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BAILY, John (fl. 1811-1850). Map of Central America. London: Trelawney Saunders, 1850.

BAILY, John (fl. 1811-1850). Map of Central America. London: Trelawney Saunders, 1850.

Regular price $ 1,800.00 USD
Regular price Sale price $ 1,800.00 USD
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Single sheet, (25 ¾ x 37 ½ inches). Fine folding engraved map with original hand color in full, laid down on cartographic linen in 24 sections (some faint spotting). Original publisher’s navy blue cloth gilt (head and tail of spine chipped).

Provenance: From the important cartographical library of Warren Heckrotte, his sale, Rare Cartography, Exploration and Voyages, Part II, December 3, 2015, Lot 85.

First edition. Attractive and significant map of Central America as it was becoming a thoroughfare for gold-seekers on their way to California, and schemes for building a canal across the Isthmus were fertile. In the lower portion of the map, in the Pacific Ocean, are four "Vertical Sections of the Proposed Canals Between Lake Nicaragua & the Pacific Ocean By way of the River Sapoa (No.1), and the River Lajoa (No.2), Lake Manaqua & Realejo (No.3), and the River Chagres (No.4)."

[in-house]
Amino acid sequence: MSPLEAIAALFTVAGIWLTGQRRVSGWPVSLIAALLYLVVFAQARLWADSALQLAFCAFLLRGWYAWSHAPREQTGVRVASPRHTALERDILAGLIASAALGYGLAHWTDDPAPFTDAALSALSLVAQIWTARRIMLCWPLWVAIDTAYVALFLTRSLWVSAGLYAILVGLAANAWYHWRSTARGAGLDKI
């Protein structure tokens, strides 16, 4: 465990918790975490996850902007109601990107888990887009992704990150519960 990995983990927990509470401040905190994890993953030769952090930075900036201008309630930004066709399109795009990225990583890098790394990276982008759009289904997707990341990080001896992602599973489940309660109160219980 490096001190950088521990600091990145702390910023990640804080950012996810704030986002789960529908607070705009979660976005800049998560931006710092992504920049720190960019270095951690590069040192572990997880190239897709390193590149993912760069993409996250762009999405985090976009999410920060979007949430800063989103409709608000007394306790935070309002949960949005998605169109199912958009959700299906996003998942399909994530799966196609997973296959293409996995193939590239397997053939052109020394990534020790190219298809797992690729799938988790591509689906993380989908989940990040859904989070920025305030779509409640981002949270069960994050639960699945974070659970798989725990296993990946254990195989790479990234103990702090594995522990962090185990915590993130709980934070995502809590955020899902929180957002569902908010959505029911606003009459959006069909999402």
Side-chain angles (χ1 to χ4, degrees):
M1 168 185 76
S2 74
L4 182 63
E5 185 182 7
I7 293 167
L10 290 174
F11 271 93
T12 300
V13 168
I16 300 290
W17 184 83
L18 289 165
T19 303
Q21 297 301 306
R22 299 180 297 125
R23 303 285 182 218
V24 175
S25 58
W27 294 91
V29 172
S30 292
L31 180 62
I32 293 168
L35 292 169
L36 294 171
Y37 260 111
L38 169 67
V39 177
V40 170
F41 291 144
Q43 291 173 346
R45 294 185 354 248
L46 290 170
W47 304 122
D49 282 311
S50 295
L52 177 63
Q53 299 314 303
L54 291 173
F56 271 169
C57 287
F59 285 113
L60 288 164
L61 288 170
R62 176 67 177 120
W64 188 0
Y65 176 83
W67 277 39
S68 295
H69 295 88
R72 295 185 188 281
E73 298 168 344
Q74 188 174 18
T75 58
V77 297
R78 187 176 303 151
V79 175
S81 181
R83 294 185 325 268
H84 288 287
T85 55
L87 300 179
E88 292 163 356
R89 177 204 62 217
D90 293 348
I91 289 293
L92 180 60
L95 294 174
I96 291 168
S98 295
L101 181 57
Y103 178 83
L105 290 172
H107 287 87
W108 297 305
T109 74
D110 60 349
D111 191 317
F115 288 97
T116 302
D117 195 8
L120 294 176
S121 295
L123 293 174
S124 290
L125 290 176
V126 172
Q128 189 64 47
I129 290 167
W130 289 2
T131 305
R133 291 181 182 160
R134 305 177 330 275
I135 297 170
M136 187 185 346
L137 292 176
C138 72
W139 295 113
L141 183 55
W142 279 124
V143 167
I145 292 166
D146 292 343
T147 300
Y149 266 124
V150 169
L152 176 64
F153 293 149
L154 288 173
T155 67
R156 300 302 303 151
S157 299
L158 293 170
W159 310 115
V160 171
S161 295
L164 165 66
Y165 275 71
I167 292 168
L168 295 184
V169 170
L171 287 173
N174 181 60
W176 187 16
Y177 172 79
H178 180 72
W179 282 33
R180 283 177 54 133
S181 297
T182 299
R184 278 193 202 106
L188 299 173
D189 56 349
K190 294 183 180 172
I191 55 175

“John Baily was an Englishman who lived for many years in Central America. He was employed in 1837-38 by the government of Nicaragua to survey a potential canal route from the Caribbean Sea to the Pacific Ocean. This map, published in London in 1850, was accompanied by a book, Central America, published separately, which contained much of the detailed information that Baily gathered to make this map. The map shows four possible canal routes: one surveyed for the government of Costa Rica in 1848 by the Danish engineer Andres Oersted, Baily’s own proposed route of 1837-38, a route across present-day Panama proposed in 1844 by the French engineer Napoleon Garella, and a route across Nicaragua favored by Prince (and later Emperor) Louis Napoleon of France. The drawings at the lower left highlight the engineering challenges posed by building a canal that would have to traverse inland hills and mountains and account for the different sea levels (caused by tides) on the Atlantic and Pacific sides of the canal. Baily’s map and writings frequently were cited in later debates about where and how the canal should be built” (Library of Congress online). Kap, MCC 106, #185. Orozco y Berra 1002.


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